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Introduction and evaluation of pasture legumes in high rainfall north-western Tasmania

Peter Gillard1, Andrew Bishop1 and Robert Reid1,2

1 Department of Agriculture Tasmania, PMB 20, Burnie 7320
Currently with IBPGR, Rome

The dairy industry in north-west Tasmania currently relies on white clover and ryegrass for long term pastures. White clover lacks persistence on Krasnozem soils, where the dry period in summer is exacerbated by the low water holding capacity of these soils. As part of the strategy to overcome this problem, a programme of Introduction and evaluation of perennial legumes (other than white clover) has been supported by the Dairy Research Council.


The legumes were grown on replicated plots on a Krasnozem soil at the Elliott Research Station near Burnie for observations of persistence and vigour, and also seed increase. In vitro digestibility and a diagnostic test for tannins (which reduce the risk bloat) were performed on the most promising material.

Results and discussion

The most promising of the 125 Introductions were two Introductions of Trifolium pannonicum. This species is regarded as the most useful pasture legume in the USSR. These two accessions are robust and produce high dry matter yields. They are very competitive and suppressed the flat weeds which are a problem on these soils more than any of the other Introductions of white clover. When the plots were grazed the animals preferentially sought the T pannonicum. Digestibility ranged from 75% in winter to 61% in early summer. There was no evidence of tannins in the diagnostic test. The plots have persisted for three years under a management of intermittent heavy grazing. The large white flowers have a deep tube which makes pollination by honey bees difficult, and it appears that bumble bees are better adapted. Although bumble bees are not present in Tasmania, some see increase was obtained.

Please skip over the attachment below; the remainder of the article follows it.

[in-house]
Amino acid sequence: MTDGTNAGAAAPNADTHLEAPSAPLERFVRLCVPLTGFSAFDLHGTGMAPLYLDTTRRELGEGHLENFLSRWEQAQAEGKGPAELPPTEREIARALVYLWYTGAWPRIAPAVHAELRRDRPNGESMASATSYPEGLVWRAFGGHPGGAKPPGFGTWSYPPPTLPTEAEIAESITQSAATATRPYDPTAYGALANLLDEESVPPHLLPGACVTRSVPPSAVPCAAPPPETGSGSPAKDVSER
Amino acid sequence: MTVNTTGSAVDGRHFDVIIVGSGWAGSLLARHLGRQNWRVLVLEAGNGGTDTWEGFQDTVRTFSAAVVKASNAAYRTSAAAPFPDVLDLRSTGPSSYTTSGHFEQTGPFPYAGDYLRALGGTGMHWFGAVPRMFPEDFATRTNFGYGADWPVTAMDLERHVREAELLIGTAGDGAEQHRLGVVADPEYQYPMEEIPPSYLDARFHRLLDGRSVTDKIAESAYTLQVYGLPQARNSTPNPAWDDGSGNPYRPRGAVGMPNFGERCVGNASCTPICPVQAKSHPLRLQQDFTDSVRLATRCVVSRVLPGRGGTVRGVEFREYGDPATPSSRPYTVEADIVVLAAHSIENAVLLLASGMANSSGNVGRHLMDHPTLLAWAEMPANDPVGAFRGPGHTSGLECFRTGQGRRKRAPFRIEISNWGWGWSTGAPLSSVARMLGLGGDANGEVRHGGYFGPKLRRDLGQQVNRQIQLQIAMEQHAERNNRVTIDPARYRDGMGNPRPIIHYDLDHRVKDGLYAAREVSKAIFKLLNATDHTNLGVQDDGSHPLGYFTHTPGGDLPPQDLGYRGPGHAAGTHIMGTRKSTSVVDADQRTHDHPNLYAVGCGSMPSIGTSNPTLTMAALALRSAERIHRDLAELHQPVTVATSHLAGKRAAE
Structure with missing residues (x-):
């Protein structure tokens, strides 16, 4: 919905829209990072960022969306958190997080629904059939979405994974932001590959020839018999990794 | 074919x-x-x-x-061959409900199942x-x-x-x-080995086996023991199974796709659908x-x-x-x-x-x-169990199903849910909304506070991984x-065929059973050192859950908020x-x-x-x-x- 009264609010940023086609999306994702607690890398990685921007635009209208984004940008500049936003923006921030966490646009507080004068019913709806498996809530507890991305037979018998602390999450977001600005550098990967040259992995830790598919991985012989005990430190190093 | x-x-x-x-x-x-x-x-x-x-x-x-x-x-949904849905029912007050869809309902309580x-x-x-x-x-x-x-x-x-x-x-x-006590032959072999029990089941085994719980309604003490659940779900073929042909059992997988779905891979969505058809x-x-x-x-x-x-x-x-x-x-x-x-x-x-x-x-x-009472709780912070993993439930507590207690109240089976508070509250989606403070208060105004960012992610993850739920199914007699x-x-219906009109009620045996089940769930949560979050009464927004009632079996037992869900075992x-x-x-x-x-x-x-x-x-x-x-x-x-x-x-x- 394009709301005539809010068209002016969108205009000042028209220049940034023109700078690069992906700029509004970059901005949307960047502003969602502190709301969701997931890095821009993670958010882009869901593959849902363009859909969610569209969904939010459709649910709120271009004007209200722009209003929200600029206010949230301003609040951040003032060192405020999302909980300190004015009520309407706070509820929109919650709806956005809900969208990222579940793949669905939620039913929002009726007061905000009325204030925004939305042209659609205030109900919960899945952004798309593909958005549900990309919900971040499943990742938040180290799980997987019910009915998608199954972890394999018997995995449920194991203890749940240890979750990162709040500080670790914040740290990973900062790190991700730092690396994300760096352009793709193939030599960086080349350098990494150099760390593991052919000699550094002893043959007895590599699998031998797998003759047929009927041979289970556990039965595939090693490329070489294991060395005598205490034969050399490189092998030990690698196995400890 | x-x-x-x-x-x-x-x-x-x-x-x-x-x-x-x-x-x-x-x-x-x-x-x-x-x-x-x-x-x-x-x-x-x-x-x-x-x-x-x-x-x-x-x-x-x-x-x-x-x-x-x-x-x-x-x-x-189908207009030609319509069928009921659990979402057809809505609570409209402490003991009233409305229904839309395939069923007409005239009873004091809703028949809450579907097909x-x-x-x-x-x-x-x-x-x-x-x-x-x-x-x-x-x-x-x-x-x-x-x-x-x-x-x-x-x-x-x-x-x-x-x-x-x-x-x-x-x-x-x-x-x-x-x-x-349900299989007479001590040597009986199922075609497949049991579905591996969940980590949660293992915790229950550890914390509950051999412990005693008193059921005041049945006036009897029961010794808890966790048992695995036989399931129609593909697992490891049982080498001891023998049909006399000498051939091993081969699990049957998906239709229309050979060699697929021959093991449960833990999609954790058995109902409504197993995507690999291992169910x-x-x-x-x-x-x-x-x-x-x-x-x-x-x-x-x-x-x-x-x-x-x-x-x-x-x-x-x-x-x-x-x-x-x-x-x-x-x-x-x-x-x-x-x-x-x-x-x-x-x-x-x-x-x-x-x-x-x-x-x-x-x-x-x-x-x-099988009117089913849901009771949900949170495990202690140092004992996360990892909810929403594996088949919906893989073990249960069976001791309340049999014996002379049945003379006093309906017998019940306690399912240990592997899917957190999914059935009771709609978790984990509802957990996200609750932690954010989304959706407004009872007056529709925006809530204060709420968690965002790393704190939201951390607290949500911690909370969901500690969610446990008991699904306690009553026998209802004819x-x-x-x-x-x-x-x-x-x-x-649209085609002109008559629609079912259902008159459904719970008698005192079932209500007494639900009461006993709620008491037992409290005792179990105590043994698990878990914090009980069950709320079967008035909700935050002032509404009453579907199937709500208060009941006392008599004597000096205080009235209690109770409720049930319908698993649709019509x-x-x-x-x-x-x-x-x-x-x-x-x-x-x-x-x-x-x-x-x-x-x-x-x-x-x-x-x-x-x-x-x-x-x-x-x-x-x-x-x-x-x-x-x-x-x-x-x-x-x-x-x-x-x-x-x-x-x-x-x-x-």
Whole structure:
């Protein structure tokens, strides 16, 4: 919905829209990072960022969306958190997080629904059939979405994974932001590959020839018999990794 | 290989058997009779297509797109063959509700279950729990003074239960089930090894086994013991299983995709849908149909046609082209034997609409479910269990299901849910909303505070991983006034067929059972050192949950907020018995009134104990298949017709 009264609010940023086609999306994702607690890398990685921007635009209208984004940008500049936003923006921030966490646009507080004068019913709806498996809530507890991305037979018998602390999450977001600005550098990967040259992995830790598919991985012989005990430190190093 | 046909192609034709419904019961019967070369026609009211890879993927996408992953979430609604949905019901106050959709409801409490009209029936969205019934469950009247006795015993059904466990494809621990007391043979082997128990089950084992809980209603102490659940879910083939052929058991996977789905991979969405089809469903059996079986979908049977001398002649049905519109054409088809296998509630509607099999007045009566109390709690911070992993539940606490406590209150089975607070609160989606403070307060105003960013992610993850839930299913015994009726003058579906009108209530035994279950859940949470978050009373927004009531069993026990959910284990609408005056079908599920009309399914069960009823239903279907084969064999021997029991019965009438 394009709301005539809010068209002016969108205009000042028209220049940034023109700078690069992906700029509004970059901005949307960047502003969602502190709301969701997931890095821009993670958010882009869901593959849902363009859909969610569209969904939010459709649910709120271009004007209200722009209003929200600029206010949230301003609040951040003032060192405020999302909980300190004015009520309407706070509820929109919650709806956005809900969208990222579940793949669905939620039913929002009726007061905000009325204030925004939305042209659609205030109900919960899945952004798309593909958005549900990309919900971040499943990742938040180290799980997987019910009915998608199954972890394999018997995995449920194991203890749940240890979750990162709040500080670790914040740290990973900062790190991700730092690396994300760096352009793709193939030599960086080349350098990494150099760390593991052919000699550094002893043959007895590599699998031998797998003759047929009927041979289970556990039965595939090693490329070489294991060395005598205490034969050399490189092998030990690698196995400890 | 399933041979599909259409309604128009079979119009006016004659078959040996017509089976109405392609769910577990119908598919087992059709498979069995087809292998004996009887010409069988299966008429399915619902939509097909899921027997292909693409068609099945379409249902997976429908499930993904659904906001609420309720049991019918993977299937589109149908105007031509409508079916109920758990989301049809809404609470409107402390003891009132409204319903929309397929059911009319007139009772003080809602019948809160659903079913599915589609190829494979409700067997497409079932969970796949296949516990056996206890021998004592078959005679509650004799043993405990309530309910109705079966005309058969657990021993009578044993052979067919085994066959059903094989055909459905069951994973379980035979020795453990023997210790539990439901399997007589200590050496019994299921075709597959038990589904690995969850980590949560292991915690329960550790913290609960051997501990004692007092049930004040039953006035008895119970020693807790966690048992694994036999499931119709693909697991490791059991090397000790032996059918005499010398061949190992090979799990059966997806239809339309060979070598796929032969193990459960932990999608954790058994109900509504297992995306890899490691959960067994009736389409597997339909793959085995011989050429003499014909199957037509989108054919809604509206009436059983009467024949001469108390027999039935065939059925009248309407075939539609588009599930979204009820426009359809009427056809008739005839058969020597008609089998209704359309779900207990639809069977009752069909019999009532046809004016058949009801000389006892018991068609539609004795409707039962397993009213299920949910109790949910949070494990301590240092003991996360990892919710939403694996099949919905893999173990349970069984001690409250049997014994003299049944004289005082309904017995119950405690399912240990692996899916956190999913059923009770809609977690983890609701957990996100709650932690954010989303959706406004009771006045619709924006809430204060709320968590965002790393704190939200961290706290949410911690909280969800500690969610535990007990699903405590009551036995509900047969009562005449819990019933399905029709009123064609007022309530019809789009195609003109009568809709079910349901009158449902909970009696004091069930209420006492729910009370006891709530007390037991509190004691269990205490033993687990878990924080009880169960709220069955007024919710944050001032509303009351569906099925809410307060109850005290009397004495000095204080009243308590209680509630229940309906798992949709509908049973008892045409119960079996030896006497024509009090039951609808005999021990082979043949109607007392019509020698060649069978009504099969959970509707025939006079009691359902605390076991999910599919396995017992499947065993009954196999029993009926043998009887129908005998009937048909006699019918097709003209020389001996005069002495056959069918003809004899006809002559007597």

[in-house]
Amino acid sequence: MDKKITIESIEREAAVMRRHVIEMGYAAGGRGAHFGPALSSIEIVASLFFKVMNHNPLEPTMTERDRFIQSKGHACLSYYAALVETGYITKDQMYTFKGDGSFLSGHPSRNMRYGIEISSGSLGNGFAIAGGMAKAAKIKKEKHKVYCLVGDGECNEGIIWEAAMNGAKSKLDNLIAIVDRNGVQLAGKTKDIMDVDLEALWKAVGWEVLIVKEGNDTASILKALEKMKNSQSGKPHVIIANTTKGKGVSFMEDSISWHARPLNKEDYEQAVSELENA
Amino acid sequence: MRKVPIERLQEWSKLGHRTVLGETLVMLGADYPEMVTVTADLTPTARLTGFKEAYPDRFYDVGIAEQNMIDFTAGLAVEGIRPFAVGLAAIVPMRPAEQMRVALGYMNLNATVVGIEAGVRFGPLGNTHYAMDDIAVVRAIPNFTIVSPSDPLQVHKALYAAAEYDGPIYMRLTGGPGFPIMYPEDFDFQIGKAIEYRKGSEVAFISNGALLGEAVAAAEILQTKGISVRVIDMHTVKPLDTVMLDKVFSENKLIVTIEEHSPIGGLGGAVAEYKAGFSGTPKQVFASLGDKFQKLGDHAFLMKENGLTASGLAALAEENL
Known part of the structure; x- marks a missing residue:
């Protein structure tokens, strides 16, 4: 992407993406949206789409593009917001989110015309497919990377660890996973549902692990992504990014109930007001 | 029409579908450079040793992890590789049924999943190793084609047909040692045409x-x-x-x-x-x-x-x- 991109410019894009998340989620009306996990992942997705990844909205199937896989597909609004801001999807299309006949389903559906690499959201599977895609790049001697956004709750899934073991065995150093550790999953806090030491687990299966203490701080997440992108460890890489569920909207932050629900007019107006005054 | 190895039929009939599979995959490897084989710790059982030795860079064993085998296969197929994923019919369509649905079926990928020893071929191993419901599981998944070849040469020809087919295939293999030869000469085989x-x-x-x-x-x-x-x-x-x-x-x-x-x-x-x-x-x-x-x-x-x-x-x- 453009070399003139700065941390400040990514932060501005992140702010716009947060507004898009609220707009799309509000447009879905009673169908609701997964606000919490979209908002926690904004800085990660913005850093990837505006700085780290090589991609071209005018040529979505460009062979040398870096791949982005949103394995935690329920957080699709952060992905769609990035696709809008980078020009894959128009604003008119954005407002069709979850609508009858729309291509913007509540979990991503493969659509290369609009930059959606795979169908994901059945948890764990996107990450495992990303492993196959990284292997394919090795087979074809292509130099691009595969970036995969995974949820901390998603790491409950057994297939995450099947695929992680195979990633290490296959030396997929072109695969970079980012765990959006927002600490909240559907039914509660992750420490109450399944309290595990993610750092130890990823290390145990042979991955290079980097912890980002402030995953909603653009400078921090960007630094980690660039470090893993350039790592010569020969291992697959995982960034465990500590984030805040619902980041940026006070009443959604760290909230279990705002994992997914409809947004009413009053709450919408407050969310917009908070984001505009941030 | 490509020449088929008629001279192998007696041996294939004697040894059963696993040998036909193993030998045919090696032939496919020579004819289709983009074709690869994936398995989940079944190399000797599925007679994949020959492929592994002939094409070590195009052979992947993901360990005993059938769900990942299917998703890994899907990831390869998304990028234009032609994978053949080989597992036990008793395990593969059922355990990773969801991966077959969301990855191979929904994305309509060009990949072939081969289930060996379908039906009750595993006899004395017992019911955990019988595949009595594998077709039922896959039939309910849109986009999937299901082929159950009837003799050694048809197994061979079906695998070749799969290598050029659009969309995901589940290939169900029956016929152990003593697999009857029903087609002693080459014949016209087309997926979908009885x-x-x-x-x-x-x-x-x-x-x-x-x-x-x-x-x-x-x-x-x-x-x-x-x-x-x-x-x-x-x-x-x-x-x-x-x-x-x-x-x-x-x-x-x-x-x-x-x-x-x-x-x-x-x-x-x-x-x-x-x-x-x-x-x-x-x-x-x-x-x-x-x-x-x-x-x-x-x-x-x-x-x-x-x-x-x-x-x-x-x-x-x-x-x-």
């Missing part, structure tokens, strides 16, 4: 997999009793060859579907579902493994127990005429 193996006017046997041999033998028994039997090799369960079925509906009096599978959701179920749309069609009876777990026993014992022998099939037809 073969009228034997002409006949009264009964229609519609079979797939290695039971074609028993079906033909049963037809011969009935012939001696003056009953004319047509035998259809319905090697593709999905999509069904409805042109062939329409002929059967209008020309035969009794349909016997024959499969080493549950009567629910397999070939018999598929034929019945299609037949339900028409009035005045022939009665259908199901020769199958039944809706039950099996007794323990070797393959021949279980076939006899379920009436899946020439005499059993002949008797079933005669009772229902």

Another productive legume was Coronilla varia. This plant has a high level of digestibility but a low tannin content. It has been used in the USA and also New Zealand.

Several accessions of Trifolium ambiguum have been grown but these do not produce any growth in the winter and are susceptible to weed competition in the spring. This species appears to be best adapted to an alpine environment; its low level of production makes it unsuitable for intensive dairy production.

Lotus corniculatus grows and persists well in this environment. It was the only accession of those tested with a positive tannin content, but digestibility in the summer declined to 46% making it unsuitable for dairying.

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